By Eric Glazer, Esq.

Published February 19, 2018


               Exactly a year ago now the now infamous Miami-Dade Grand Jury report came out that exposed some glaring issues with the DBPR and their role in Florida condominiums.  Here is a segment from that report:

The Select Committee heard numerous speakers at its hearings express their frustration with DBPR “delay and inaction.”  In fact, the Grand Jury had its issues with the DBPR during its investigation.  When we extended our initial invitation to DBPR witnesses to testify, we were notified that General Counsel for DBPR actually challenged our jurisdiction and authority to conduct this investigation.  Unlike other public officers and officials who appeared voluntarily, to obtain the appearance of two (2) DBPR investigators we were required to issue subpoenas.  Further, all DBPR witnesses who testified were accompanied to the Grand Jury by attorneys sent from Tallahassee.  Collectively, their testimony was guarded and strained.  Not one DBPR witness offered a criticism or suggestion for improvement of any DBPR practices.  Based on our examination of the problems plaguing many Florida community associations, we believe the perceptions on “inaction and delay” in 2008 have become the realities in 2017.

               I hate painting an entire Department with a broad brush.  As with any agency, office, school, business or law firm, there are going to be workers who bust their butt every day and those who simply wait to pick up a pay check on a Friday.  I can tell you that I have personally worked with employees of the DBPR who are driven, hard-working and professional.  And I have worked with others who are simply less than that.

               The grand jury report found that there are only 33 investigators in the entire state.  In regards to the two who testified in front of the grand jury, the report states:

“We observed that both witnesses did not seem to have a firm understanding of their office policies.  Curiously and shockingly, both answered numerous questions with “I would have to ask my supervisor” We found their own lack of knowledge about their own policies or their unwillingness to share their knowledge exasperating.” 

               Instead of investigating complaints, the DBPR complaint process seems designed solely to screen out complaints.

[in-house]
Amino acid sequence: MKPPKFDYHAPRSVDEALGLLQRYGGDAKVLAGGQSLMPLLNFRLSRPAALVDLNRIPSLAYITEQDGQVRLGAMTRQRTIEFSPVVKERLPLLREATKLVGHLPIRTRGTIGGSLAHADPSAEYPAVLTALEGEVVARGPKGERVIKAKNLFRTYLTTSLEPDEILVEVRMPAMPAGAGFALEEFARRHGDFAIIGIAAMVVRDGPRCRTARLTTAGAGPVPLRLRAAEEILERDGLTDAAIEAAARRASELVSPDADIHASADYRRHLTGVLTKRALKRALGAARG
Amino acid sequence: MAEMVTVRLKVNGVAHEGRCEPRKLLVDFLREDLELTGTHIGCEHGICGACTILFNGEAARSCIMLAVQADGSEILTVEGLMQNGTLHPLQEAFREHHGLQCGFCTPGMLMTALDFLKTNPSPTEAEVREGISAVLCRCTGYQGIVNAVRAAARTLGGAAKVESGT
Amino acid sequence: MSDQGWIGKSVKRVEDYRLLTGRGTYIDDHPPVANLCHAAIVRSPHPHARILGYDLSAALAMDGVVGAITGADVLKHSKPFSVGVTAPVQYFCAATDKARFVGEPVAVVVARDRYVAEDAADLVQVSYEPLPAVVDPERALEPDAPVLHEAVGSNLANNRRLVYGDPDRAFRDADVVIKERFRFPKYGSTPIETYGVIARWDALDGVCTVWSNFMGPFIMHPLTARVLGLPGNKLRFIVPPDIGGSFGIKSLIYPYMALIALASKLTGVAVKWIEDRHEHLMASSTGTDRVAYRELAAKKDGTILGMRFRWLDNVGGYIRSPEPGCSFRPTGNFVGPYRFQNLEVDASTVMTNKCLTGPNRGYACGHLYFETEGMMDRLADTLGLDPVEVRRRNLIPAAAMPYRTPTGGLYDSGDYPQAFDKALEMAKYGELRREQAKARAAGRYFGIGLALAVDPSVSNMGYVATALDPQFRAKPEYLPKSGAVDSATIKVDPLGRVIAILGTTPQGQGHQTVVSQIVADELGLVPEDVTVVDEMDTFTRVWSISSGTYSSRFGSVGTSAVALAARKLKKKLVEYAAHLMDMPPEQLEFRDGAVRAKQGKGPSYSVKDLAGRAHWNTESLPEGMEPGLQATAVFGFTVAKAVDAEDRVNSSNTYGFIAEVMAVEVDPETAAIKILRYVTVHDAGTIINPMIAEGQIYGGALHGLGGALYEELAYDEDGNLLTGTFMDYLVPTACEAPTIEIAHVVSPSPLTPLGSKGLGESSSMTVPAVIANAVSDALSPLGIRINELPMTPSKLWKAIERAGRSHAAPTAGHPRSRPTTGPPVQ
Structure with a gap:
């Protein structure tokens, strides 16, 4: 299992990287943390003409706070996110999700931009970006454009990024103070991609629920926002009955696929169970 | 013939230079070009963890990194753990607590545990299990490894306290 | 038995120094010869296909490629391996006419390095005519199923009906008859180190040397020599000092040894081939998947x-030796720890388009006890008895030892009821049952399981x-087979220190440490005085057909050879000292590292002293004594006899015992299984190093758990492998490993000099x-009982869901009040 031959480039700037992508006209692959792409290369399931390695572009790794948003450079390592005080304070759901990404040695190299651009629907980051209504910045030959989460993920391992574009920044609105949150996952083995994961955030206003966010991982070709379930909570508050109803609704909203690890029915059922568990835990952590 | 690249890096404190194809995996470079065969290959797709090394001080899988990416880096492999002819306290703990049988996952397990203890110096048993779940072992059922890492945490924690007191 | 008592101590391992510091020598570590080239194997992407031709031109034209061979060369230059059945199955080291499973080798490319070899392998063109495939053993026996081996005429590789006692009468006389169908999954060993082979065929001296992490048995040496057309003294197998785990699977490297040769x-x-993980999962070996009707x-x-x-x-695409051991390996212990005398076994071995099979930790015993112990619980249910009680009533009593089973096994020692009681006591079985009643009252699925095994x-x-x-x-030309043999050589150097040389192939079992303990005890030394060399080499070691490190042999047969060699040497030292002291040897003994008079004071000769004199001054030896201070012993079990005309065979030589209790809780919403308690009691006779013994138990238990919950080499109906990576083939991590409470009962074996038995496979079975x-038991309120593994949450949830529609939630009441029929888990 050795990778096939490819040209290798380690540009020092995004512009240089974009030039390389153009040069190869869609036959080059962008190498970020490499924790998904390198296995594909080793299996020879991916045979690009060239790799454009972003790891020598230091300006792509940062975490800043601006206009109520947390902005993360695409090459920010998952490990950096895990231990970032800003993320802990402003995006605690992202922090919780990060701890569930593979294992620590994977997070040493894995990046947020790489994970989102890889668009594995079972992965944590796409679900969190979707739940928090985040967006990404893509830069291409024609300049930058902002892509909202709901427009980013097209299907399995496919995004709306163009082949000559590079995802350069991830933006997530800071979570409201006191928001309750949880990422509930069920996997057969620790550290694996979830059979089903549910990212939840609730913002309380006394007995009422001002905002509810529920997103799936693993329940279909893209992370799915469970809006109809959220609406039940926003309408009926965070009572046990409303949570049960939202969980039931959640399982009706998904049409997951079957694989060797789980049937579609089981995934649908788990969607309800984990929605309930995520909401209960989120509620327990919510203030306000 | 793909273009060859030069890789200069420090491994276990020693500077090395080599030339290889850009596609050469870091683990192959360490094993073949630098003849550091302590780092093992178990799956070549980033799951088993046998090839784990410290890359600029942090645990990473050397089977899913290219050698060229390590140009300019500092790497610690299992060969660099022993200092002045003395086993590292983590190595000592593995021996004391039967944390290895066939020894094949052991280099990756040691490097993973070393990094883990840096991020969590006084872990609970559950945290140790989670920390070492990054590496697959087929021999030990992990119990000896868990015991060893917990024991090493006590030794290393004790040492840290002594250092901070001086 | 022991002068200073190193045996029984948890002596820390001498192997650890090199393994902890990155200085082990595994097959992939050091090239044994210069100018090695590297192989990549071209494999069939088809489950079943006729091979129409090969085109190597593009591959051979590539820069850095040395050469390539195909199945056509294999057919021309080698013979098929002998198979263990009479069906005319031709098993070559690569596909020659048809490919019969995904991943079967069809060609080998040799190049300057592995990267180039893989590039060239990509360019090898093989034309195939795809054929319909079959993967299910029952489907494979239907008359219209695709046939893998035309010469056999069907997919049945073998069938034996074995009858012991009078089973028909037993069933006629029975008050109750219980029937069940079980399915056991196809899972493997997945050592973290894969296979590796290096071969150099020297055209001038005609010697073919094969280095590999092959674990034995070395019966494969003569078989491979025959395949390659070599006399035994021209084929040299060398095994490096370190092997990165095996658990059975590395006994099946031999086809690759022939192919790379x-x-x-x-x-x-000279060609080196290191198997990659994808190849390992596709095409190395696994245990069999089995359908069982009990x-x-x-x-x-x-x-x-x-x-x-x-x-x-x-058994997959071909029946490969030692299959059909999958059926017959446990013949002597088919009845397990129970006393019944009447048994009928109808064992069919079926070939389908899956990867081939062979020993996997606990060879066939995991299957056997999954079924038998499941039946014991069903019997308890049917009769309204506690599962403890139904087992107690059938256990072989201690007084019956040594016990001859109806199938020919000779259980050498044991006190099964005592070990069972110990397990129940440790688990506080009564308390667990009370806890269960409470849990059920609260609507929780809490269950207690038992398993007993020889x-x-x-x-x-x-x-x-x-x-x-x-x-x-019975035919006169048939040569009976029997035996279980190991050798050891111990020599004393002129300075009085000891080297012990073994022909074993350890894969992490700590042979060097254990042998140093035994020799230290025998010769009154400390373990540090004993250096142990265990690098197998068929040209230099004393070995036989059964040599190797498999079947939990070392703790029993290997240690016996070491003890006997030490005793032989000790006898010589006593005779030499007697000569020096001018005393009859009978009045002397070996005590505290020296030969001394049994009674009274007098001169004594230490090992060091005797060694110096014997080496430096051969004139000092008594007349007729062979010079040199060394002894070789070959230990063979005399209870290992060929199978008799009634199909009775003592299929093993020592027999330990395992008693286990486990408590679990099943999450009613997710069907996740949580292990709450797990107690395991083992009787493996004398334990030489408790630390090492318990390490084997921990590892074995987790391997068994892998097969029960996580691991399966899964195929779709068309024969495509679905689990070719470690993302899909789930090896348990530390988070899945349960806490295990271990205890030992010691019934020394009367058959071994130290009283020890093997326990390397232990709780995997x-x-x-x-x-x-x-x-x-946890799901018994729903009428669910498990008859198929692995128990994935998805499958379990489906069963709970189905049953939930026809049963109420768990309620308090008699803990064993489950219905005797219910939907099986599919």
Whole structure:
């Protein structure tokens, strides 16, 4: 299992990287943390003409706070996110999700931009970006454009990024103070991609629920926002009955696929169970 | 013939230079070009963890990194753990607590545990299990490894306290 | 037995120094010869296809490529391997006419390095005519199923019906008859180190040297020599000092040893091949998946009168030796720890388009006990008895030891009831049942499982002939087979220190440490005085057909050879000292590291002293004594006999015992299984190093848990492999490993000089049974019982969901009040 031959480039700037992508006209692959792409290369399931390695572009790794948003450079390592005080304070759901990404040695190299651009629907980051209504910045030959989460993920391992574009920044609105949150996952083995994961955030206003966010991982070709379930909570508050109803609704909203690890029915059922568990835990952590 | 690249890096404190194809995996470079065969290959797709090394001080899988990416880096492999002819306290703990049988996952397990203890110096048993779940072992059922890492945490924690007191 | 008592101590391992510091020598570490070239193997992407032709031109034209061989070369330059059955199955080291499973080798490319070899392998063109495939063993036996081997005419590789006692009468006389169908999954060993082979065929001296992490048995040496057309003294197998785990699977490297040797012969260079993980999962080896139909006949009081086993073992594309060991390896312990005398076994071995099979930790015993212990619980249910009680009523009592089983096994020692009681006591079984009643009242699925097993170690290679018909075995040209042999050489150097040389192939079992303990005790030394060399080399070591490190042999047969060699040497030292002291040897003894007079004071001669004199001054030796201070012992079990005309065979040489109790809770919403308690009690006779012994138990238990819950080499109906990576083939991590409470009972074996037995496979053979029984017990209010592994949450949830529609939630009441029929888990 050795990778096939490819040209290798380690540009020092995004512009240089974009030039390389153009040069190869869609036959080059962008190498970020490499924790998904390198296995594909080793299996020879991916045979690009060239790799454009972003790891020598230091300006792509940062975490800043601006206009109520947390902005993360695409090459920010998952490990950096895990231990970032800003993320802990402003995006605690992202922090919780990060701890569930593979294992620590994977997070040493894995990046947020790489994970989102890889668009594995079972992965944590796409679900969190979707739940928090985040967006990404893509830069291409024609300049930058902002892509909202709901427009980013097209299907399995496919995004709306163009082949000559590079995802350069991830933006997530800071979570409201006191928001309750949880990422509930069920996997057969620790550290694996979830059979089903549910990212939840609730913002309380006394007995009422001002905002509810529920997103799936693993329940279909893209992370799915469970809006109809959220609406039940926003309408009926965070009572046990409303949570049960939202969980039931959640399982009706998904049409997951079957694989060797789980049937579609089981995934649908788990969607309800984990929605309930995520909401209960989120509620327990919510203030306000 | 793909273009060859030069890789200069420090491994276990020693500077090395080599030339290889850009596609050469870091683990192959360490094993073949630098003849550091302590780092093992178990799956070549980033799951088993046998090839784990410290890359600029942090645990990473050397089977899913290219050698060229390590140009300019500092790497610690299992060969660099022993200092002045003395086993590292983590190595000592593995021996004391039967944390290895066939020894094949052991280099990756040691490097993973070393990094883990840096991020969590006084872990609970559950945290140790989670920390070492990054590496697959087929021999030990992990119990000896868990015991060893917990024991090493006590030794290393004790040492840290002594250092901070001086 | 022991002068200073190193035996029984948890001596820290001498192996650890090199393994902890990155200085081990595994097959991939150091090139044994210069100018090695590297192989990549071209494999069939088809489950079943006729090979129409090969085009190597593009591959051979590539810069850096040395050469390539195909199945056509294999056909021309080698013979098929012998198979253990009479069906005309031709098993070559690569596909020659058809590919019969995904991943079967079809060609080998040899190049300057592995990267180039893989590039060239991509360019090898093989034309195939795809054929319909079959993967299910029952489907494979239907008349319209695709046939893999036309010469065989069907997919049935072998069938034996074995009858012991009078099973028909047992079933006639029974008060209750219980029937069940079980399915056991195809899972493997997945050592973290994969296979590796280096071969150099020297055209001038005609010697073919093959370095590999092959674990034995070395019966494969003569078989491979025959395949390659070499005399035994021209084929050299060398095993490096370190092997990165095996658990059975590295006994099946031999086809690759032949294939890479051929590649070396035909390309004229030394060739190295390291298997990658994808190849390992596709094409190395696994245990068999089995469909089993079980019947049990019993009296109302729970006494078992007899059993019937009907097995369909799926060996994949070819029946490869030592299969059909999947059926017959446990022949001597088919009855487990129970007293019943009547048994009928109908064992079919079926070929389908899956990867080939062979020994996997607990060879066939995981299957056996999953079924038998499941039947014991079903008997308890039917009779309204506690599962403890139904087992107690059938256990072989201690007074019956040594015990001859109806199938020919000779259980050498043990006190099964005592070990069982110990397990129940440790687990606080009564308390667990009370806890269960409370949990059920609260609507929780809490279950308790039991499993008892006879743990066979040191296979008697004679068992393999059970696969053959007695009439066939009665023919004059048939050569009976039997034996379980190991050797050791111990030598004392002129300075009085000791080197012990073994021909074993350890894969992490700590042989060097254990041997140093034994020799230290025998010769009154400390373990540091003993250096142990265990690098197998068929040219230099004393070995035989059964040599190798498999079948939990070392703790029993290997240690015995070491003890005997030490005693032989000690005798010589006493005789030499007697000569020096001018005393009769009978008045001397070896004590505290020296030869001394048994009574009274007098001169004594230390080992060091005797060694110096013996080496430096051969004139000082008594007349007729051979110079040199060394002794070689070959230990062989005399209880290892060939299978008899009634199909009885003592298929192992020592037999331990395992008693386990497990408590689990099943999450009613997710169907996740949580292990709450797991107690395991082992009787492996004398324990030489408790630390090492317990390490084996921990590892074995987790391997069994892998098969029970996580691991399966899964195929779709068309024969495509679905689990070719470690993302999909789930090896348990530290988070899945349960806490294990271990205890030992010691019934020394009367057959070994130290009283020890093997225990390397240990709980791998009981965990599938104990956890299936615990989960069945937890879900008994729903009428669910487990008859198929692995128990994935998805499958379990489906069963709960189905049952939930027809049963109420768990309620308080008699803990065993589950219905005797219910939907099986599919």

The DBPR failure to demand that its investigators utilize or comprehend basic investigative techniques is breathtaking.  There is no requirement of prior investigative experience and no formal investigative training was offered.  The investigators learned on the job…

               The investigators expressed no eagerness to root out corruption or solve problems, and did not seem empowered to make any independent decisions.  Our clear sense was that the investigators were more intent on closing cases than solving them.

               You would think that in response to this indictment of the DBPR, there would be some response by the Department to the condominium community it serves.  Perhaps it would be something like “We strongly disagree with the findings of the grand jury and work hard to earn your trust every day.”  Or, something like, “we are troubled by the findings of the grand jury report and will make the necessary changes in order that we serve all Florida condominium residents to the absolute best of our ability.”

               Instead, I have heard no response.  And that only lends further credence to the grand jury’s findings that nobody at least at the top really cares one way or the other.  In the mean time, you should also know that instead of increasing the number of arbitrators that hear your cases so that justice can be determined quickly, as justice delayed is justice denied, the DBPR now has a total of three or four arbitrators hearing all of the condominium and HOA arbitration cases.  The number is woefully inadequate and is causing cases to linger through no fault of the over worked arbitrators.

               Of course, your $4.00 per unit is still being collected from all of you every single year.  Millions and millions of dollars are collected each year and the number goes up every time another building goes up.  Remember, that money is being collected in order to provide you with a DBPR that is there to help.

               I have argued in the past for DBPR jurisdiction to extend into HOAs, as HOA members have nobody to complain to when the statutes are violated.  The problem is that it appears that condo owners have nobody to complain to as well. 

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About HOA & Condo Blog

Eric Glazer Eric Glazer graduated from the University of Miami School of Law in 1992 after receiving a B.A. from NYU. He has practiced community association law for more than 2

decades and is the owner of Glazer and Associates, P.A. a seven attorney law firm with offices in Fort Lauderdale and Orlando and satellite offices in Naples, Fort Myers and Tampa.


Since 2009, Eric has been the host of Condo Craze and HOAs, a weekly one hour radio show that airs at noon each Sunday on 850 WFTL.


See: www.condocrazeandhoas.com.


He is the first attorney in the State of Florida that designed a course that certifies condominium residents as eligible to serve on a condominium Board of Directors and has now certified more than 10,000 Floridians all across the state. He is certified as a Circuit Court Mediator by The Florida Supreme Court and has mediated dozens of disputes between associations and unit owners. Eric also devotes significant time to advancing legislation in the best interest of Florida community association members.

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